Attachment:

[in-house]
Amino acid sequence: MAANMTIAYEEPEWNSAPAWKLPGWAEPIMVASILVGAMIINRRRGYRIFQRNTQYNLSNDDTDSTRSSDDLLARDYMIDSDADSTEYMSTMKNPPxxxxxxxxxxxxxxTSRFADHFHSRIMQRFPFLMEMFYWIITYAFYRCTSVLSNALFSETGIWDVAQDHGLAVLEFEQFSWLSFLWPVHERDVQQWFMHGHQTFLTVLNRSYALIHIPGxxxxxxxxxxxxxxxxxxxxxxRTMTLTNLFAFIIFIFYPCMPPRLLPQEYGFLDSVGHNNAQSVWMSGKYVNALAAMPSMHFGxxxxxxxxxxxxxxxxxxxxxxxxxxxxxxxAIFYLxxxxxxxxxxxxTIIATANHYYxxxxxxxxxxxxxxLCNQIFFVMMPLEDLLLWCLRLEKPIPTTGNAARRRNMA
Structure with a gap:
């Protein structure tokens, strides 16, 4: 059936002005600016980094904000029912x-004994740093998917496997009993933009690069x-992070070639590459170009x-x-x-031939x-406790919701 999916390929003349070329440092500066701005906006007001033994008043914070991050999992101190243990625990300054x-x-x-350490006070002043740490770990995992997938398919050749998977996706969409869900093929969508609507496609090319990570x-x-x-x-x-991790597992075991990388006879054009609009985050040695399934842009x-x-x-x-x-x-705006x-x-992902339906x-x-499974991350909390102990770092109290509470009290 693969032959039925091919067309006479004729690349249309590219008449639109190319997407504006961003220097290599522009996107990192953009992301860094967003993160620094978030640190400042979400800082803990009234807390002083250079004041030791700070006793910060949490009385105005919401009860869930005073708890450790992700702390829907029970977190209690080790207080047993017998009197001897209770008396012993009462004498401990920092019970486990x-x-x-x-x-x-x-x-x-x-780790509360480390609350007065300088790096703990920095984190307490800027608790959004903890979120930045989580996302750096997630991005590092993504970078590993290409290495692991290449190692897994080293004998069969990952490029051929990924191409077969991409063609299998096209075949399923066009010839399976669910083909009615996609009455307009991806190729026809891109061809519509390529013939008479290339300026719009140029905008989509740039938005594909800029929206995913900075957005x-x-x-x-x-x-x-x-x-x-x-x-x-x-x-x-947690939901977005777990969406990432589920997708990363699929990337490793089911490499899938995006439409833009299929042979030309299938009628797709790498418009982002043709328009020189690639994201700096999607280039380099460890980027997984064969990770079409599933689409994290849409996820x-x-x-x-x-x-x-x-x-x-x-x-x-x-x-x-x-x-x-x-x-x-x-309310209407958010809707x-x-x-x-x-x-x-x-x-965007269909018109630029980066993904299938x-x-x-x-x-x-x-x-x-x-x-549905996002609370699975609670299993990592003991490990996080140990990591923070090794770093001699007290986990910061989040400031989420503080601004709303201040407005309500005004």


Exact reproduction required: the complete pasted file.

[in-house]
Amino acid sequence: MAANMTIAYEEPEWNSAPAWKLPGWAEPIMVASILVGAMIINRRRGYRIFQRNTQYNLSNDDTDSTRSSDDLLARDYMIDSDADSTEYMSTMKNPPxxxxxxxxxxxxxxTSRFADHFHSRIMQRFPFLMEMFYWIITYAFYRCTSVLSNALFSETGIWDVAQDHGLAVLEFEQFSWLSFLWPVHERDVQQWFMHGHQTFLTVLNRSYALIHIPGxxxxxxxxxxxxxxxxxxxxxxRTMTLTNLFAFIIFIFYPCMPPRLLPQEYGFLDSVGHNNAQSVWMSGKYVNALAAMPSMHFGxxxxxxxxxxxxxxxxxxxxxxxxxxxxxxxAIFYLxxxxxxxxxxxxTIIATANHYYxxxxxxxxxxxxxxLCNQIFFVMMPLEDLLLWCLRLEKPIPTTGNAARRRNMA
Structure with a gap:
């Protein structure tokens, strides 16, 4: 059936002005600016980094904000029912x-004994740093998917496997009993933009690069x-992070070639590459170009x-x-x-031939x-406790919701 999916390929003349070329440092500066701005906006007001033994008043914070991050999992101190243990625990300054x-x-x-350490006070002043740490770990995992997938398919050749998977996706969409869900093929969508609507496609090319990570x-x-x-x-x-991790597992075991990388006879054009609009985050040695399934842009x-x-x-x-x-x-705006x-x-992902339906x-x-499974991350909390102990770092109290509470009290 693969032959039925091919067309006479004729690349249309590219008449639109190319997407504006961003220097290599522009996107990192953009992301860094967003993160620094978030640190400042979400800082803990009234807390002083250079004041030791700070006793910060949490009385105005919401009860869930005073708890450790992700702390829907029970977190209690080790207080047993017998009197001897209770008396012993009462004498401990920092019970486990x-x-x-x-x-x-x-x-x-x-780790509360480390609350007065300088790096703990920095984190307490800027608790959004903890979120930045989580996302750096997630991005590092993504970078590993290409290495692991290449190692897994080293004998069969990952490029051929990924191409077969991409063609299998096209075949399923066009010839399976669910083909009615996609009455307009991806190729026809891109061809519509390529013939008479290339300026719009140029905008989509740039938005594909800029929206995913900075957005x-x-x-x-x-x-x-x-x-x-x-x-x-x-x-x-947690939901977005777990969406990432589920997708990363699929990337490793089911490499899938995006439409833009299929042979030309299938009628797709790498418009982002043709328009020189690639994201700096999607280039380099460890980027997984064969990770079409599933689409994290849409996820x-x-x-x-x-x-x-x-x-x-x-x-x-x-x-x-x-x-x-x-x-x-x-309310209407958010809707x-x-x-x-x-x-x-x-x-965007269909018109630029980066993904299938x-x-x-x-x-x-x-x-x-x-x-549905996002609370699975609670299993990592003991490990996080140990990591923070090794770093001699007290986990910061989040400031989420503080601004709303201040407005309500005004």